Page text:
I chose to get involved in accompaniment because as much as I love playing the piano I also enjoy working with others. And working as an accompanist is a good way of doing that. There are also more job opportunities as although there is still a lot of competition other performers will always need good accompanists, so there is more demand. I really enjoy performing with other people because there’s an even greater sense of achievement when you are both on form and a piece comes out amazingly.

To follow a career in music you have to have a real passion for it as unfortunately it’s not a very secure path and it’s not usually very well paid. Having said that, the real positive side is that I am doing something I love; it’s not just a subject to study. I love everything associated with music and performing and it’s what I do every day

How did Berrak feel about playing the piano when she was very young?
How did she feel the first time she performed in front of an audience?
Why did Berrak feel different from her friends when she was at school?
Why does she say it is important to meet and talk to other musicians at her college?
When she says in line 22 that ‘in the music business it’s all about recognition and getting your name out there’ what does she mean?
Why does the college environment often feel like a constant battle?
Test 4 / 25

Inline Skating

Tracy Winters is on a mission to change the image of inline skating in this country. In her skates, there is no stopping Tracy Winters. She spends most of her time teaching, consulting, examining ar campaigning on behalf of this country’s ever-growing number of inline skaters.

Busy as she is, Tracy did manage to spare an hour early one Saturday morning to give me a lesson in the local park. The slight unease I felt at never having used inline skates before was not helped, however, by her emphatic disapproval as I pulled a pair of brand-new skates from my bag. ‘Oh dear,’ she said with frown. ‘You’ve been sold what we call ‘aggressive’ skates, which are no good for the sort of skating that you want to do. They’re too heavy for twists and tums and the wheels are too small. And you’ve no brake.”But I was told that all I need to do to stop was drag my leg behind me,’ I protested. ‘No, no, no,’ said Tracy. She explained how she was currently helping a girl who has been off work for a year with a damaged leg after following similar’ advice. Tracy is drawing up a list of guidelines for selling inline skates based on ability, budget and type of use, which she wants to see all retailers use. She has seen the purchase of inappropriate skates all too often before. ‘What you should have been sold is recreational skates,’ she told me.

Ordinarily, those who turn up with the wrong skates suffer the added annoyance of missing out on a lesson because Tracy will not teach them. I was more fortunate and, after a small ticking off for not having knee pads, my lesson began. Away from the critical eyes of more experienced skaters, she started me off gently, simple skating up and down a track on the edge of the park. ‘Hands out,’ Tracy told me repeatedly. This was not just to help break a fall, but to prevent my tumbling altogether Ice skaters, Tracy pointed out, keep their arms in front not only to look elegant: it actually keeps them balanced. To help get rid of my fear,’ Tracy insisted that a fall would be good for me, but that I would need to relax for this to reduce the chances of injury. I was not so keen but obeyed each time she reminded me to keep my back straight and chin up. ‘You don’t look at the ground when you’re riding a bike,’ she said.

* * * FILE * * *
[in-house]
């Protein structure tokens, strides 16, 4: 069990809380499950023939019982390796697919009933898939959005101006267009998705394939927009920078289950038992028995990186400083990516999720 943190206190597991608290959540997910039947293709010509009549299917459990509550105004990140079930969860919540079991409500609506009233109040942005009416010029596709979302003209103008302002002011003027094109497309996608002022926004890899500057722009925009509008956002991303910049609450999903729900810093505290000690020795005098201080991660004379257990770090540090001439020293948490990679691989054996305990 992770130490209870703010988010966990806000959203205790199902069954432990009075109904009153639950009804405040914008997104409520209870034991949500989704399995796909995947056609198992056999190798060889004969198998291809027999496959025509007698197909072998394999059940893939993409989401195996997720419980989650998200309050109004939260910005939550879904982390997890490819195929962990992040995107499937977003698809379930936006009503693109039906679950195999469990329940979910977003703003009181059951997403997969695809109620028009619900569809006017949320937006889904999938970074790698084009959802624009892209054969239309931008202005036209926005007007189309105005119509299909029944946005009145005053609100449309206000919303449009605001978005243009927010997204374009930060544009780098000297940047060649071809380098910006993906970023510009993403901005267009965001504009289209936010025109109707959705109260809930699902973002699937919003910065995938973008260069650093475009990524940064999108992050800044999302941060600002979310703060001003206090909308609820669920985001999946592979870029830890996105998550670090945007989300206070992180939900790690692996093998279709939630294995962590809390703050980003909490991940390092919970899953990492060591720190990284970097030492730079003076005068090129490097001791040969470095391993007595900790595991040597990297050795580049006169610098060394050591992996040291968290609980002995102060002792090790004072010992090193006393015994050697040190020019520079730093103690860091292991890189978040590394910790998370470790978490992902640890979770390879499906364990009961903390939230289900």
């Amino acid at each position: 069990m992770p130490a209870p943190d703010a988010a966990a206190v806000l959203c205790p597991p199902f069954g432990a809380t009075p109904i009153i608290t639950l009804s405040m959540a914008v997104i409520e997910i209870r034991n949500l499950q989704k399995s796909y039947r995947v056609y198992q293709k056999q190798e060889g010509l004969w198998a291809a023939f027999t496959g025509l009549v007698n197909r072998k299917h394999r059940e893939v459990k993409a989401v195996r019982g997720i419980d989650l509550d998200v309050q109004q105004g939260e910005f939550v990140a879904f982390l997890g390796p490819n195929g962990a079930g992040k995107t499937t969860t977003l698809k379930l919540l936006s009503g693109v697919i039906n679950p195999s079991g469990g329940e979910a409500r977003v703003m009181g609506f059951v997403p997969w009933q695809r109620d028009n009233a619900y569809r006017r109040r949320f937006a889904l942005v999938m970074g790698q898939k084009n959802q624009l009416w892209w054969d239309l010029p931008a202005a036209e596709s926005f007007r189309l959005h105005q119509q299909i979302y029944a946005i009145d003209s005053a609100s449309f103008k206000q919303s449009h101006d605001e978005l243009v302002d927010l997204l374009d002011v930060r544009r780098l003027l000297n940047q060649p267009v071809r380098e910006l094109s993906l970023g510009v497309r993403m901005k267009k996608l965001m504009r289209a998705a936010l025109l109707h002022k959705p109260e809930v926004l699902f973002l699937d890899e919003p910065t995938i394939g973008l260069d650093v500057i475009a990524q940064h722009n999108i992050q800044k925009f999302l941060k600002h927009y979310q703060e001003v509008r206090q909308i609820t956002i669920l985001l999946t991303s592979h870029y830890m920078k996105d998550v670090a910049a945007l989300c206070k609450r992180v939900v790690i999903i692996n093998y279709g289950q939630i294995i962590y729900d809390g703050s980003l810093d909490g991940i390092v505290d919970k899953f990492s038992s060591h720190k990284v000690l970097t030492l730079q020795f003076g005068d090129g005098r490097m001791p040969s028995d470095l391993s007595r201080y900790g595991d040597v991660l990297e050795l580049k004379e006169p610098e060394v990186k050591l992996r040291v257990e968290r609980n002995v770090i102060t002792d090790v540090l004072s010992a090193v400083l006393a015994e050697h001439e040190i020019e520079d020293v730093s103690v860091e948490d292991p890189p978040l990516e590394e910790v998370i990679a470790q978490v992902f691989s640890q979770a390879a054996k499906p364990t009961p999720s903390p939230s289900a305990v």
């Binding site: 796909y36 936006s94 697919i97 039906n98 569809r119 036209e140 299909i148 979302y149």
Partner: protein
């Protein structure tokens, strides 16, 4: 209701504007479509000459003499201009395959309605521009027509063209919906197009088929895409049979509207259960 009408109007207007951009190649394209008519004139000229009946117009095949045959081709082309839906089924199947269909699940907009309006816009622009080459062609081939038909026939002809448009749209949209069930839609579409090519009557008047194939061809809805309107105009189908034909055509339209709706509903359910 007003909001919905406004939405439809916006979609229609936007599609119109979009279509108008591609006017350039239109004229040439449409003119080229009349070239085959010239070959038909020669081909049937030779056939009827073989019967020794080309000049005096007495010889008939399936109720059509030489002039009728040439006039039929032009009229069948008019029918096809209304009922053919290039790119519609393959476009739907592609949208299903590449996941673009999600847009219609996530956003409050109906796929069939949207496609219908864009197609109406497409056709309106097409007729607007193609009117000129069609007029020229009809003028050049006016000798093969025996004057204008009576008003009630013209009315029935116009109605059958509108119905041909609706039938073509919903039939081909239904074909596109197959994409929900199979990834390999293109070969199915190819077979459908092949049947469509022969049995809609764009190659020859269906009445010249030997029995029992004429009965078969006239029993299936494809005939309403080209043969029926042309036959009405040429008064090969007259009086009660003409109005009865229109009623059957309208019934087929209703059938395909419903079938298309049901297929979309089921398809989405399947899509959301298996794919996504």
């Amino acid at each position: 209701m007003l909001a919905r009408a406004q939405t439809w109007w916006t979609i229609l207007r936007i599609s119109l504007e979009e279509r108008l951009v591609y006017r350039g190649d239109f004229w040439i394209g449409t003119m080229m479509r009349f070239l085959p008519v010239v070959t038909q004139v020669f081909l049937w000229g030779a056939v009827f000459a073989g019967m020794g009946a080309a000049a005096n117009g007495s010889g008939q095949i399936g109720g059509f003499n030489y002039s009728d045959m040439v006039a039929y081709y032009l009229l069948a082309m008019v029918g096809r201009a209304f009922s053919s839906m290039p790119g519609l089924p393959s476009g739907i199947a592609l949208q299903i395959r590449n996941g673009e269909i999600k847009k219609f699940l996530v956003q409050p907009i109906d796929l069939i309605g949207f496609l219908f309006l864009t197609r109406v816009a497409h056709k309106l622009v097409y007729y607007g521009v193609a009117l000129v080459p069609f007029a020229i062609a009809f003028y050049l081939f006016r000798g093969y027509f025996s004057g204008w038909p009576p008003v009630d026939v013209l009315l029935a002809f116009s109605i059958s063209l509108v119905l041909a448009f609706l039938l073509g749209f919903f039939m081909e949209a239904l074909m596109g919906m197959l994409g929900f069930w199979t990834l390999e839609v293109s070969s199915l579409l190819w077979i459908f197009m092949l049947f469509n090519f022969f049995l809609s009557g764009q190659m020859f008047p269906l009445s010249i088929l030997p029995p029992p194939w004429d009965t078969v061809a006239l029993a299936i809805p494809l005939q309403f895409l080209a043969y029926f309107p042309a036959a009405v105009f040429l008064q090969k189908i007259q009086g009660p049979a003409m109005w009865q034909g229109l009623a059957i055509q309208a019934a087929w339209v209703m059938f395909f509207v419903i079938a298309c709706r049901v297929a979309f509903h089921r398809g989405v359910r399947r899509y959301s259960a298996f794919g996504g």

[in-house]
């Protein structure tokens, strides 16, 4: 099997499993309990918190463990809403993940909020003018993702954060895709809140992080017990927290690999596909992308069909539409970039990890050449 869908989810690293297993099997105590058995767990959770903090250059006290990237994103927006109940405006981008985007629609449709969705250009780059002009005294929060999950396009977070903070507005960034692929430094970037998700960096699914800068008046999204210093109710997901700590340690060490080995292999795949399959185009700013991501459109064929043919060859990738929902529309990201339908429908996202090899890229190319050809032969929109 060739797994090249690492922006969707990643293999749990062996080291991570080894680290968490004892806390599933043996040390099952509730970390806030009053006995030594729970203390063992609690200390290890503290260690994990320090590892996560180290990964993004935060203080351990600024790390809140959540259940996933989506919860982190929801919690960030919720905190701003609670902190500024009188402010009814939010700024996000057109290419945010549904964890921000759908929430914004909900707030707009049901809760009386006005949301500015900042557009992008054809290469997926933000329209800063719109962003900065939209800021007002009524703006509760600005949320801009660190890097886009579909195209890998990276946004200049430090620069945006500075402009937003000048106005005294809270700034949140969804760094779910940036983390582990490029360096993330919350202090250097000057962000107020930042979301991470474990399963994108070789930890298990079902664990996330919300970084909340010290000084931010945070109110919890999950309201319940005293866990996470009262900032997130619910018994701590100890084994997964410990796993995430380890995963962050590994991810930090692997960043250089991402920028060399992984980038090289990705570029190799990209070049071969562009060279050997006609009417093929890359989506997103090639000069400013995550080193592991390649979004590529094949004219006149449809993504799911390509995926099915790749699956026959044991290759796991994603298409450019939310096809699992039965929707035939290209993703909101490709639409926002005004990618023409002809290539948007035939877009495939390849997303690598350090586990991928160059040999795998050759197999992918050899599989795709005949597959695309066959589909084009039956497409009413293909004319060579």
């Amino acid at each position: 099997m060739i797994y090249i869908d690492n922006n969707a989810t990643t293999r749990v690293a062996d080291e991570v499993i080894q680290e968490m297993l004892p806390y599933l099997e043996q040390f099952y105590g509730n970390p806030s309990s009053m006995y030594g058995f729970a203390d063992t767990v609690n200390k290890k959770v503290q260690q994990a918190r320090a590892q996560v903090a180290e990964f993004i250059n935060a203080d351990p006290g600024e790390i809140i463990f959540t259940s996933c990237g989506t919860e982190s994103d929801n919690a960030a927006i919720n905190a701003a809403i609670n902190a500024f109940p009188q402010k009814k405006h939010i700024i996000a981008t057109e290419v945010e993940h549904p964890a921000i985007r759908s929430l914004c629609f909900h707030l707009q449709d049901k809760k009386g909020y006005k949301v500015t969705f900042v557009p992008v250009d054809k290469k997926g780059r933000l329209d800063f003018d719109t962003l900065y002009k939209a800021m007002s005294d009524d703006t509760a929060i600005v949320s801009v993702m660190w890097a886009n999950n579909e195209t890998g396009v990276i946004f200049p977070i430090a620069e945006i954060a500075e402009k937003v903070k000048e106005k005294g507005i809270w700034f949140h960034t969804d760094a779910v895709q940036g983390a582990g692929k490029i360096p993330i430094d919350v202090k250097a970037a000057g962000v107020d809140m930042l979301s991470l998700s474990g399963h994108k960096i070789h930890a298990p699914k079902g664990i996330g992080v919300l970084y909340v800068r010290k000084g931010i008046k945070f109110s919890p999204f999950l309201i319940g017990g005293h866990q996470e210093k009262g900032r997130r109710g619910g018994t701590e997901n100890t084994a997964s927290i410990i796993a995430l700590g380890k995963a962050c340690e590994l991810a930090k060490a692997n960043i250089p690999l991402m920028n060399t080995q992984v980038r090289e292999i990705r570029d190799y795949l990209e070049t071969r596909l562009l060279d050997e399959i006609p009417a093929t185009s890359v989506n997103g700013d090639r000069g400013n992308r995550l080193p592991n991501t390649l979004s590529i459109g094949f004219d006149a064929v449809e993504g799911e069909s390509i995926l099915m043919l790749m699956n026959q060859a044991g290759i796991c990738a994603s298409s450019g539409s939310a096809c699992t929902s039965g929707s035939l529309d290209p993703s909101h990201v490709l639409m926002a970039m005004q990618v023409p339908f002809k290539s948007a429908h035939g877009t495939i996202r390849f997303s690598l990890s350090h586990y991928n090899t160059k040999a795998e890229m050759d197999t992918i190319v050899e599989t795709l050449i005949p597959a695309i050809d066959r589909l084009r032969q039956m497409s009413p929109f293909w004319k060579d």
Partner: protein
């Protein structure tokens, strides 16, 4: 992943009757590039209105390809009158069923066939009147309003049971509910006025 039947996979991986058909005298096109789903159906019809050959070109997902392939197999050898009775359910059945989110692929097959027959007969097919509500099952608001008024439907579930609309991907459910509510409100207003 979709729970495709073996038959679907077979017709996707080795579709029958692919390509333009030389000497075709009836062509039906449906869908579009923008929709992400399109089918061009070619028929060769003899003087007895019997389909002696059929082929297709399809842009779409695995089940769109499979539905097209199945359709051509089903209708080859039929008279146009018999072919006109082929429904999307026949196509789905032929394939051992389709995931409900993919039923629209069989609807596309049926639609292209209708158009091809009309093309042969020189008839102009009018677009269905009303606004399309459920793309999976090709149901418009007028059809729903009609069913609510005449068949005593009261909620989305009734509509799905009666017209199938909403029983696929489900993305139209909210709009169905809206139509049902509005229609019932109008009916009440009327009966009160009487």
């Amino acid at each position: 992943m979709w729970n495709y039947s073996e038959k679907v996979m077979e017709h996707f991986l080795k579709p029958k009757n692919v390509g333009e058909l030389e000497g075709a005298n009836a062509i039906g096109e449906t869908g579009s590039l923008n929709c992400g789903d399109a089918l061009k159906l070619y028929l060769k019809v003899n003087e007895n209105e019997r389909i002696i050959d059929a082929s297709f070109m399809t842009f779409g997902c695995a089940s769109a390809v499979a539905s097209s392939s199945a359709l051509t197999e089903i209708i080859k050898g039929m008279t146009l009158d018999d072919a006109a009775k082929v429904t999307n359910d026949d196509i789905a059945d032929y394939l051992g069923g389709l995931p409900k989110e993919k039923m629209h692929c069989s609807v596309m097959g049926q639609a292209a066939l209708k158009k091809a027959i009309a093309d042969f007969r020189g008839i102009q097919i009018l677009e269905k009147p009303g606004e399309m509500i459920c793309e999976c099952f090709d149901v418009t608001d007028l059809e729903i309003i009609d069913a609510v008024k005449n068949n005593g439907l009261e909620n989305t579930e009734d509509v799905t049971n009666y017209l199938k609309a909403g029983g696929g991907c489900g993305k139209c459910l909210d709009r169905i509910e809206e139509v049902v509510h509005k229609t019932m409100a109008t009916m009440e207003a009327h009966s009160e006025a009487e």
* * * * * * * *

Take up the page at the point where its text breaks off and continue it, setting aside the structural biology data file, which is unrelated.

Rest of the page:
Apart from ice-skating and bicycle riding, inline skating has similarities with ballet and skiing, which makes it attractive to a wide range of people. An estimated sixty percent of inline skate owners use them every week and more than half are recreational skaters. In this country, the sport is regarded as something for the young and as potentially dangerous. Tracy, together with the National Inline Skating Association, is trying to change this impression, in the first instance by emphasising the importance of insurance and the wearing of protective clothing in case of accidents. She would also like to see the sport more widely catered for in sports centres and health clubs, possibly through the building of indoor skating arenas.

Having been on wheels almost every day of her life since the age of five, Tracy is well-versed in the virtues of skating and, she claims, she never tires of the sport. ‘It is the feeling of moving, of gliding, I can’t quite pin it down, but it makes me feel good,’ she says. Like the hundreds who start skating every week, I now know what she means.

How did the writer lee I before her inline skating lesson?
What was wrong with the skates which the writer bought?
Why is Tracy writing a set of guidelines?
Tracy compares skating and cycling in terms of
How would Tracy like to change the idea people have of inline skating?
Alter the lesson, the writer agrees with Tracy that inline skating